Best Bad Movie Ever? Or Best Bad One? Either Way, ‘Three’ Is Pretty Awesome [review]

johnny to's three review
Written by Dennis D McDonald

How can a movie be this expected, this confused but still this good? The answer to that riddle is in the watching, says Dennis D. McDonald. Here’s how Johnny To’s ‘Three’ does it.

aNewDomaindennis d. mcdonald alien — We don’t see a lot of action movies that take place in a Hong Kong hospital ward.

Those that revolve around an intense but human neurosurgeon (Vicky Zhao) are even fewer and far between.

Johnny To’s Three (2016) leads with a convoluted, hackneyed ticking-clock plot. But this action flick somehow manages to make up for for its weaknesses with great performances, expertly detailed production values, and some crowd-pleasing action sequences.

Really. It’s an engaging action flick.

Here’s the story: A crook (Wallace Chung) wanders into Zhao’s ward one very bad day. He’s got a bullet lodged in his brain. He shot himself, as it turns out, while in the middle of a showdown with police, a showdown he thought he’d never win.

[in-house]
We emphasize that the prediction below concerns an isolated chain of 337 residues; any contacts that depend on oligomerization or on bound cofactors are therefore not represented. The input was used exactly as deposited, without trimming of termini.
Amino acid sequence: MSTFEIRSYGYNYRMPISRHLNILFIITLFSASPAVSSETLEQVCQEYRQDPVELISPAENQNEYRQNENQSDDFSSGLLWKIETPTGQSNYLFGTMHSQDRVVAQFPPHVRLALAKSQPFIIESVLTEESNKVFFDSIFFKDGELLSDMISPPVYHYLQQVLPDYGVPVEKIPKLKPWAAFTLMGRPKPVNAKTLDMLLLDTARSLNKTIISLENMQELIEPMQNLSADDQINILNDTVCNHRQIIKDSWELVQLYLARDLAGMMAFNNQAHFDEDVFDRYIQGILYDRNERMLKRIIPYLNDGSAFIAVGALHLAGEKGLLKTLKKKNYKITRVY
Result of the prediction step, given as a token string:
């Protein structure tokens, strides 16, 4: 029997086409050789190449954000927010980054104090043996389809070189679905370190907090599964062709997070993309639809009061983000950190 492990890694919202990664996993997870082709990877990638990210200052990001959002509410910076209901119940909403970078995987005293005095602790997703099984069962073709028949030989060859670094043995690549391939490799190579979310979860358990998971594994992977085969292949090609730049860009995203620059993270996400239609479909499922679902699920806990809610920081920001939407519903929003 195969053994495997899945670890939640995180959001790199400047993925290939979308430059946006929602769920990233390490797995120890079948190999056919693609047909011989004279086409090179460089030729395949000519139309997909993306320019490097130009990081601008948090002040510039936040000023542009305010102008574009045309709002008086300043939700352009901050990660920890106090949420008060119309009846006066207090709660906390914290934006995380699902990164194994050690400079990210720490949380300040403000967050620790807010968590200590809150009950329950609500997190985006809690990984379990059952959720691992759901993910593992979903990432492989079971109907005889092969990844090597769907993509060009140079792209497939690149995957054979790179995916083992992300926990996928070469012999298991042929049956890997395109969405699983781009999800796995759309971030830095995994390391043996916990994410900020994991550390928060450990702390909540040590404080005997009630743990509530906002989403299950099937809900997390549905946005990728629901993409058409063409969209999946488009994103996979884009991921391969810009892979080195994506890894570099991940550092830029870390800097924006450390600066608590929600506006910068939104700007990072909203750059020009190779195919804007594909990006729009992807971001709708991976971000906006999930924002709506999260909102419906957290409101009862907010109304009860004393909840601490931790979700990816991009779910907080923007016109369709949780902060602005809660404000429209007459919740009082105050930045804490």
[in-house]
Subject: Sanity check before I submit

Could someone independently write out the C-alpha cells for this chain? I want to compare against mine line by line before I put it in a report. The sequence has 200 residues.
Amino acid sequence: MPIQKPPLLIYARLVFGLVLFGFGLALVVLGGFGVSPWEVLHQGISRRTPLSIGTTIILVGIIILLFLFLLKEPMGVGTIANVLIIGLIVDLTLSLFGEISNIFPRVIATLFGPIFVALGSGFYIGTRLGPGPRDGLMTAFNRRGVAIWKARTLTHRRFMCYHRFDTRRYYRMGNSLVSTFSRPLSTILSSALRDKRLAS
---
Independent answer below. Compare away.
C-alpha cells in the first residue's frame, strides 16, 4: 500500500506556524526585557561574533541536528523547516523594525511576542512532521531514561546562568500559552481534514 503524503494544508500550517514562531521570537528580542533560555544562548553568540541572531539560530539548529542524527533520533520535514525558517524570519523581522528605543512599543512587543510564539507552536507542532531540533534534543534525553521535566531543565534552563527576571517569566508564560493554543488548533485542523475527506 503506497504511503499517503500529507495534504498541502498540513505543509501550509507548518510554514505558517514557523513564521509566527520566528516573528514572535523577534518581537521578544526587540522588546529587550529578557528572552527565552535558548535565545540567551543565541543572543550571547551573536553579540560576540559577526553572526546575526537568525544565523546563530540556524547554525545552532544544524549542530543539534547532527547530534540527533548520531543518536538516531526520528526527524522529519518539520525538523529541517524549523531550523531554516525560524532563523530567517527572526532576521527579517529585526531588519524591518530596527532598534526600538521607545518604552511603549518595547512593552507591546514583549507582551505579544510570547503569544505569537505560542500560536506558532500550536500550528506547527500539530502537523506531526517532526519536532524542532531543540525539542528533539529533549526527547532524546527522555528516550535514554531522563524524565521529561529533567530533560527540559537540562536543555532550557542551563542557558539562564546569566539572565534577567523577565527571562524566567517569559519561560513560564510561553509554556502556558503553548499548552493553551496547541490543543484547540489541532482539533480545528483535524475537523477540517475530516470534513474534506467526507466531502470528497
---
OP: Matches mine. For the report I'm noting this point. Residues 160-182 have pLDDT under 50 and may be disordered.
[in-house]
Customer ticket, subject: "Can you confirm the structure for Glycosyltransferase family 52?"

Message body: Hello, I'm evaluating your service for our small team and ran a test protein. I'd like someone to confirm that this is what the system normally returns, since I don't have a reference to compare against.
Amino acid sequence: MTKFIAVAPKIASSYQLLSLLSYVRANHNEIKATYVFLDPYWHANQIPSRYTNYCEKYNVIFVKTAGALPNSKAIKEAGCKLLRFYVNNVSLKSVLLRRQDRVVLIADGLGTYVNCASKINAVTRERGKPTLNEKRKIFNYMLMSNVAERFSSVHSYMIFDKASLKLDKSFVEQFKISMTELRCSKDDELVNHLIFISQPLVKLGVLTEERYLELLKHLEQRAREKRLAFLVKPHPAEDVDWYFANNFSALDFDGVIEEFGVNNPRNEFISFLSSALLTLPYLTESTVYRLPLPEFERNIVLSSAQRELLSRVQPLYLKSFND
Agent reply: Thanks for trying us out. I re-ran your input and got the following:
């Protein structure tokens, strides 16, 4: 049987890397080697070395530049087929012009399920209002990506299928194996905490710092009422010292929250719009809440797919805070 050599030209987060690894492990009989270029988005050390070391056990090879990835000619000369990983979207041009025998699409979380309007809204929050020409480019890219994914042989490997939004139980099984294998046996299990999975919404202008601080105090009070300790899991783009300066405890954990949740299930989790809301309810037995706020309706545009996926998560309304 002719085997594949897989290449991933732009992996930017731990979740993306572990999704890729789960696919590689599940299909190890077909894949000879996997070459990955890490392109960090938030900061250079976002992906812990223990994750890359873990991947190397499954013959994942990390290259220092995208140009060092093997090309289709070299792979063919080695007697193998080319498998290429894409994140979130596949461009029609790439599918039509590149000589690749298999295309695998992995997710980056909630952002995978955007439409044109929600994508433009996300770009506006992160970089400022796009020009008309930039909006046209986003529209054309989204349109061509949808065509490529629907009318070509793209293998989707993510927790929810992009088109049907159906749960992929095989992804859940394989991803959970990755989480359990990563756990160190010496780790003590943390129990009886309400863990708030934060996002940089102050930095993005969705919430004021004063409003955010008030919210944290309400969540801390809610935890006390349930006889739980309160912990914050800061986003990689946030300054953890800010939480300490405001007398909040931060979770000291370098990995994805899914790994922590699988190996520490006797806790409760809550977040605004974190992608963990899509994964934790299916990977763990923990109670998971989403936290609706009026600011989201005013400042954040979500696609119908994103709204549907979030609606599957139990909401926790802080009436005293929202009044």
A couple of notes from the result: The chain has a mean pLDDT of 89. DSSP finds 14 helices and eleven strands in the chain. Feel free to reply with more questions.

johnny to's three reviewAnd he isn’t alone. The cops who nabbed him are in tow.

This where the hackneyed ticking clock thing comes in. Turns out the bad guy’s partners in crime are coming to rescue him. Chung delays the complex brain surgery that Zhao says is critical to his survival.
The questions now are when and how the rescue party will get there, given that the crook’s under a 24 hour armed guard an all.

At this point, the movie morphs into a long setup for the action sequence we know is coming.

And it definitely does not disappoint.

As is the case with so many hospital films and TV shows, there is of course a collection of side characters who provide a decent dose of humor, coincidence and incidental drama.

They’re all well done, especially the nutty patient (Lo Hoi-pang), who occupies the next bed over from Chung. Lots of camera movement, super tight editing and nicely detailed sound work combine to overcome what might otherwise of been a claustrophobic set and a forced set up.

Because in the end, none of that matters. Three is definitely worth your time.<

For aNewDomain, I’m Dennis D. McDonald.

An earlier version of this movie review ran on Dennis D. McDonald’s DDMCD site. Read it here.